The Film: Pretty Maids All in a Row
The Principles: Starring Rock Hudson, Angie Dickinson, Telly Savalas, John David Carson, Roddy McDowall, Keenan Wynn, James Doohan and a bevy of beautiful young ladies. Written and Produced by Gene Roddenberry. Directed by Roger Vadim.
The Premise: ‘Tiger’ is a married teacher, football coach and faculty advisor at a prominent California high school who’s carrying on multiple affairs with a large number of the female students. Ponce de Leon Harper is a sensitive seventeen-year-old boy obsessed with having sex for the first time. The problem is that the lovely young ladies of Oceanfront High keep winding up dead and the police are clueless as to the identity of the killer. Will Ponce ever get laid?
Is it any good?: It’s crazy fun and one of the smartest, creepiest teen titillation flicks from that era. Equal parts sex comedy/black comedy/murder mystery; it plays like a flower powered American Giallo with a swinging 70’s attitude. The look, music and tone of the film will make you feel like you’ve traveled to another planet in comparison to the world we live in today, making it a definite product of its time and an outrageous cult classic.
High school virgin Ponce de Leon Harper (John David Carson) discovers the dead body of a female student dumped in the boy’s bathroom. An idiotic redneck police chief is brought in to bungle the case, but he’s replaced by a suave Telly Savalas as Captain Sam Surcher, who immediately starts getting to the bottom of shit. Meanwhile, a smoking hot new substitute teacher named Betty Smith (Angie Dickinson) is urged by fellow faculty member Michael ‘Tiger’ McDrew (Rock Hudson) to help “guide” young Ponce through the difficult time he’s having with the opposite sex. ‘Tiger’ himself is currently banging every single miniskirted beauty enrolled at the school, while maintaining the image of a happy family man and respected educator. Turns out the swinging serial killer teacher is the culprit who keeps bumping off the young girls he’s humping once they start to get too clingy.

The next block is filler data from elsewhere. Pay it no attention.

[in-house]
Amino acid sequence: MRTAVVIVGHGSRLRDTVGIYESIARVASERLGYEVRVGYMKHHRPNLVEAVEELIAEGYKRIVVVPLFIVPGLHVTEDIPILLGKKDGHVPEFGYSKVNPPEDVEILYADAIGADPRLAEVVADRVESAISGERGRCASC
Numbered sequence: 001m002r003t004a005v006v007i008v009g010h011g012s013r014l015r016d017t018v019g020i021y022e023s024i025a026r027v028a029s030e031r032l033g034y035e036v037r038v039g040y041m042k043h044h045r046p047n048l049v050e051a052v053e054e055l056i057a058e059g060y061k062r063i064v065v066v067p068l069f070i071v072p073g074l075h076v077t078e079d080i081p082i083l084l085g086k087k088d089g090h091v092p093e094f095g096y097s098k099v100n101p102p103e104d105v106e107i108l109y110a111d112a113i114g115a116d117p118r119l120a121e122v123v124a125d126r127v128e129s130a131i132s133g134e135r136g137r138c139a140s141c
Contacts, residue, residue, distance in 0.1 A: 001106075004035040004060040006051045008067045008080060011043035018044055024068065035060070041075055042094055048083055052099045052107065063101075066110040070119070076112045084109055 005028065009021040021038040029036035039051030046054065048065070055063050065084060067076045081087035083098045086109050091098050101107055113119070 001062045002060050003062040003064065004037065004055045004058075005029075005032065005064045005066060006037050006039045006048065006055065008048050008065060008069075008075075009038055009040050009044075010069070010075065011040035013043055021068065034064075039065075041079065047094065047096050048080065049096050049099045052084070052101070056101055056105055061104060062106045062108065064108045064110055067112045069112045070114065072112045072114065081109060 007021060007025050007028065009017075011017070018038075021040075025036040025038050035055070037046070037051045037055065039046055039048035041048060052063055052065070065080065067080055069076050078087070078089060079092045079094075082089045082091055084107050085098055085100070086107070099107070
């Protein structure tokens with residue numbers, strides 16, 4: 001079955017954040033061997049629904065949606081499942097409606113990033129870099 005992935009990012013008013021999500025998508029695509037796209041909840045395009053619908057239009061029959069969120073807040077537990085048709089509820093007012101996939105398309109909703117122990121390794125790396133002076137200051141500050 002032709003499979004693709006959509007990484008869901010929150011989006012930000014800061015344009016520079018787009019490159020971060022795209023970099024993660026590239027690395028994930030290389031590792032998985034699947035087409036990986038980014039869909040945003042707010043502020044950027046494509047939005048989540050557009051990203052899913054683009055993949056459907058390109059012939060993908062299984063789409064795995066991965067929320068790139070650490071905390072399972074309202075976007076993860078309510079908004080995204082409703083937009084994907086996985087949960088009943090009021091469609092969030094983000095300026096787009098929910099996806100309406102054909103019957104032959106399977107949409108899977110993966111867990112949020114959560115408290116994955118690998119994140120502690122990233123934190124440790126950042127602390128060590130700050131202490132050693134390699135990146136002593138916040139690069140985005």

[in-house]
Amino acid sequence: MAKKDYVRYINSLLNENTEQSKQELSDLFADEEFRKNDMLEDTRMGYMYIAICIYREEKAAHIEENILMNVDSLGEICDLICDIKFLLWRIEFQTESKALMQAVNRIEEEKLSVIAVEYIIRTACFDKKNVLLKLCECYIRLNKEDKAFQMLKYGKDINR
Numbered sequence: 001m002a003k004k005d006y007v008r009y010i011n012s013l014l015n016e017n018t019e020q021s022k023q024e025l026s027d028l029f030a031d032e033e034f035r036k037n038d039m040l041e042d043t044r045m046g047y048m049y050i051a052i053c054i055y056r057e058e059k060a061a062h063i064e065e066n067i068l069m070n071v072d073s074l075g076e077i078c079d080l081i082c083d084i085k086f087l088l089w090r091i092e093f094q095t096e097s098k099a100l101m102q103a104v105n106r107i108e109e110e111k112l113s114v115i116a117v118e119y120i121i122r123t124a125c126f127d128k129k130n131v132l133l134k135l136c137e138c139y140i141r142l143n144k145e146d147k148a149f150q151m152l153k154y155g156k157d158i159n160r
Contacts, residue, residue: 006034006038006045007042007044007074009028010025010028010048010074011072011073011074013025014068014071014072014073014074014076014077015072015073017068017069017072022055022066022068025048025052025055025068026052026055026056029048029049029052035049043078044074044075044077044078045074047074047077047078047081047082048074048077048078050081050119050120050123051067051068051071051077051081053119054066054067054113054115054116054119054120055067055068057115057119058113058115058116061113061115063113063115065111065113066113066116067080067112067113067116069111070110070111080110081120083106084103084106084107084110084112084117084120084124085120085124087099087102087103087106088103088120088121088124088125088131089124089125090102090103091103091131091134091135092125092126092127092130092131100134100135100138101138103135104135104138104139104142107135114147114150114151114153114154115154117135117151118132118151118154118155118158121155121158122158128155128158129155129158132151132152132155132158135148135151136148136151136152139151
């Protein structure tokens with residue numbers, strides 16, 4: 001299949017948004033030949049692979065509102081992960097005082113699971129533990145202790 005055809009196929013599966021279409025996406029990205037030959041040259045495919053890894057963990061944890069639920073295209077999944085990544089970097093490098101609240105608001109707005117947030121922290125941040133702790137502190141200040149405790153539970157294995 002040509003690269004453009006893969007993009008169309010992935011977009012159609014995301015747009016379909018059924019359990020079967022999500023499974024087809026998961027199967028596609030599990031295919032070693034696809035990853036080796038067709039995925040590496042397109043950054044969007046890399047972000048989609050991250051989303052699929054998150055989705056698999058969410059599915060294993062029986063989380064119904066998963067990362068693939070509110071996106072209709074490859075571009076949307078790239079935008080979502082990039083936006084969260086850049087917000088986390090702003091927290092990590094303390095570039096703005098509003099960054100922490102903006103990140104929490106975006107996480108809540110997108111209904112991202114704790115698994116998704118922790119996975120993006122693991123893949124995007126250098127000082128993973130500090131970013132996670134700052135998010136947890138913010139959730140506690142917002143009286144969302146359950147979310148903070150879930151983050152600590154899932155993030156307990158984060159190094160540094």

Rounding out the supporting cast is Roddy McDowall as the completely clueless Principal Proffer, Keenan Wynn as the racist cop Poldaski, James Doohan (SCOTTY!) as Savalas’ assistant Follo, and an ensemble of some of the most gorgeous young ladies ever assembled together as all the pretty maids. June Fairchild, who plays the precocious Sunny Swingle, (get it?) is my favorite.
The shockingly open sexual attitude shared by both the faculty and the students in this film will definitely blow your mind. It’s a far cry from the politically correct times we live in now, because pretty much every character on screen treats the topic of adult/teenage relations very lightly. Ah, the seventies. Making things even stranger is the fact that this movie was written and produced by Star Trek creator Gene Roddenberry of all people, who adapted it from a novel by Francis Pollini. It could be one of the most bizarre, subversive scripts ever put to film. Cult movie maverick Roger Vadim (Barbarella) paints a pretty picture of southern California decadence, giving it a bubblegum-slasher vibe. Think American Psycho meets Private Lessons.
Is it worth a look?: Most definitely! It’s an early 70’s psychosexual comedy that’s one of the all out oddest films I’ve ever seen tonally. I first became aware of this gem several years back when Quentin Tarantino programmed it at The New Beverly Cinema for his Grindhouse Film Festival in 2007 and it really roasted my brain like a peanut. I’ve been singing its praises ever since.
Random anecdotes: The film opens and closes with an eerie song called “Chilly Winds.” The music was created by the great Lalo Schifrin and performed by The Osmonds.
A teenaged Cybill Shepherd was offered a role as one of the murder victims but turned it down for The Last Picture Show.
Cinematic soul mates: Swinging Cheerleaders, Private Lessons, and American Psycho.